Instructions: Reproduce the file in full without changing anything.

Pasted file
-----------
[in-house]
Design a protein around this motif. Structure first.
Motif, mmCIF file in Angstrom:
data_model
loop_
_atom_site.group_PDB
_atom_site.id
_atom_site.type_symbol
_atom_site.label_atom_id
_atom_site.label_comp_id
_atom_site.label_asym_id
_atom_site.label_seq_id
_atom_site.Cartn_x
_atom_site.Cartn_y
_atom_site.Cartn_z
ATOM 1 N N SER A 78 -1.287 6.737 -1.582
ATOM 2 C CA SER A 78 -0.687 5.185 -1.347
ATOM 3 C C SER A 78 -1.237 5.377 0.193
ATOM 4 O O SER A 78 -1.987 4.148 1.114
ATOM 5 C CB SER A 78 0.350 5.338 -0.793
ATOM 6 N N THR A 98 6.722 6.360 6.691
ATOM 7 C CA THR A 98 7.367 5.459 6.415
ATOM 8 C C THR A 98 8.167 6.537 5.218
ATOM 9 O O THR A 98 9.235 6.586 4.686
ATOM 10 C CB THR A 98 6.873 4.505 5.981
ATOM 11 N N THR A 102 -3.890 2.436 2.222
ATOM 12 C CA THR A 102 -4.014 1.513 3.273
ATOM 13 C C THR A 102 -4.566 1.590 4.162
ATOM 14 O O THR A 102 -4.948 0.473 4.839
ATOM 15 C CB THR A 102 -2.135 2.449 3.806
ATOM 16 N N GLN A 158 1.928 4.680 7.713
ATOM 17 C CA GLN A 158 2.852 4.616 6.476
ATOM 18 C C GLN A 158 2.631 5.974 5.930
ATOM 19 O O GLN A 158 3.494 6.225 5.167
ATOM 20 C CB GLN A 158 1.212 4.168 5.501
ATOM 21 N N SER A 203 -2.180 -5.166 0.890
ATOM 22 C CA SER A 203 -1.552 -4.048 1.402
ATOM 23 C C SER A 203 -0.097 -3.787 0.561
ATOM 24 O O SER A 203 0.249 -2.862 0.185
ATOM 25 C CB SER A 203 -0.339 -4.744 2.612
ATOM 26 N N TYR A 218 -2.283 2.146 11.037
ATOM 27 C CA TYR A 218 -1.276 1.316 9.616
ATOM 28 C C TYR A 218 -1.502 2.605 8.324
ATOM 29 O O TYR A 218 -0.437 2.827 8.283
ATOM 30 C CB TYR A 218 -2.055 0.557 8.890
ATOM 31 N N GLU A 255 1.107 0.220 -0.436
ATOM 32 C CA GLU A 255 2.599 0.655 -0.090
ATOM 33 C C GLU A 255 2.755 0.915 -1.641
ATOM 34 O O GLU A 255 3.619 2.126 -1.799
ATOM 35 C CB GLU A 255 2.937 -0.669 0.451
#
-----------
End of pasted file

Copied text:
[in-house]
Design a protein around this motif. Structure first.
Motif, mmCIF file in Angstrom:
data_model
loop_
_atom_site.group_PDB
_atom_site.id
_atom_site.type_symbol
_atom_site.label_atom_id
_atom_site.label_comp_id
_atom_site.label_asym_id
_atom_site.label_seq_id
_atom_site.Cartn_x
_atom_site.Cartn_y
_atom_site.Cartn_z
ATOM 1 N N SER A 78 -1.287 6.737 -1.582
ATOM 2 C CA SER A 78 -0.687 5.185 -1.347
ATOM 3 C C SER A 78 -1.237 5.377 0.193
ATOM 4 O O SER A 78 -1.987 4.148 1.114
ATOM 5 C CB SER A 78 0.350 5.338 -0.793
ATOM 6 N N THR A 98 6.722 6.360 6.691
ATOM 7 C CA THR A 98 7.367 5.459 6.415
ATOM 8 C C THR A 98 8.167 6.537 5.218
ATOM 9 O O THR A 98 9.235 6.586 4.686
ATOM 10 C CB THR A 98 6.873 4.505 5.981
ATOM 11 N N THR A 102 -3.890 2.436 2.222
ATOM 12 C CA THR A 102 -4.014 1.513 3.273
ATOM 13 C C THR A 102 -4.566 1.590 4.162
ATOM 14 O O THR A 102 -4.948 0.473 4.839
ATOM 15 C CB THR A 102 -2.135 2.449 3.806
ATOM 16 N N GLN A 158 1.928 4.680 7.713
ATOM 17 C CA GLN A 158 2.852 4.616 6.476
ATOM 18 C C GLN A 158 2.631 5.974 5.930
ATOM 19 O O GLN A 158 3.494 6.225 5.167
ATOM 20 C CB GLN A 158 1.212 4.168 5.501
ATOM 21 N N SER A 203 -2.180 -5.166 0.890
ATOM 22 C CA SER A 203 -1.552 -4.048 1.402
ATOM 23 C C SER A 203 -0.097 -3.787 0.561
ATOM 24 O O SER A 203 0.249 -2.862 0.185
ATOM 25 C CB SER A 203 -0.339 -4.744 2.612
ATOM 26 N N TYR A 218 -2.283 2.146 11.037
ATOM 27 C CA TYR A 218 -1.276 1.316 9.616
ATOM 28 C C TYR A 218 -1.502 2.605 8.324
ATOM 29 O O TYR A 218 -0.437 2.827 8.283
ATOM 30 C CB TYR A 218 -2.055 0.557 8.890
ATOM 31 N N GLU A 255 1.107 0.220 -0.436
ATOM 32 C CA GLU A 255 2.599 0.655 -0.090
ATOM 33 C C GLU A 255 2.755 0.915 -1.641
ATOM 34 O O GLU A 255 3.619 2.126 -1.799
ATOM 35 C CB GLU A 255 2.937 -0.669 0.451
#